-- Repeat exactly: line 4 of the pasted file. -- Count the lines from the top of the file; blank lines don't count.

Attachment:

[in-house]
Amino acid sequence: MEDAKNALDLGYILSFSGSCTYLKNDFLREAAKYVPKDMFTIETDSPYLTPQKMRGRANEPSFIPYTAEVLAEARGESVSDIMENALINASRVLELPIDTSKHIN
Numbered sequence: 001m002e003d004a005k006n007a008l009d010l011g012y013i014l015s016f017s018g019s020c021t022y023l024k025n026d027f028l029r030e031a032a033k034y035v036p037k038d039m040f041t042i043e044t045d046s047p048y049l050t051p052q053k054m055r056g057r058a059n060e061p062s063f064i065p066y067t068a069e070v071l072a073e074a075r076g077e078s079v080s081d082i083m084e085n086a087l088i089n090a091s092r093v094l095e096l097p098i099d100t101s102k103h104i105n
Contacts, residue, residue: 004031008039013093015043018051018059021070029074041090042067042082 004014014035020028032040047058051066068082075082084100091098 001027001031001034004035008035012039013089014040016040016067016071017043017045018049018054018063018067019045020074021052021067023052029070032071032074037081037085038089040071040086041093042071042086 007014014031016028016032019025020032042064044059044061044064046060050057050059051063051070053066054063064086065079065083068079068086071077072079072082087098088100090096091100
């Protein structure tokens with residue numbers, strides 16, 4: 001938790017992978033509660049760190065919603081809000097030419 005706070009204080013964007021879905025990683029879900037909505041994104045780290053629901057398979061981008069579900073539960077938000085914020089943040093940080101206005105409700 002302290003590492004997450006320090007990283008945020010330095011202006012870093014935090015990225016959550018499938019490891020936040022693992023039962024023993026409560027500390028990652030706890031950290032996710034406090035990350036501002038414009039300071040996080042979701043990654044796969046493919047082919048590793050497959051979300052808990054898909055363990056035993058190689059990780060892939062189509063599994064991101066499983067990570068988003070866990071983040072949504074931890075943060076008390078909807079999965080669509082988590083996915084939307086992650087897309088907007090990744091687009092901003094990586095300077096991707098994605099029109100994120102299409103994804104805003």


Contacts, residue, residue: 004031008039013093015043018051018059021070029074041090042067042082 004014014035020028032040047058051066068082075082084100091098 001027001031001034004035008035012039013089014040016040016067016071017043017045018049018054018063018067019045020074021052021067023052029070032071032074037081037085038089040071040086041093042071042086 007014014031016028016032019025020032042064044059044061044064046060050057050059051063051070053066054063064086065079065083068079068086071077072079072082087098088100090096091100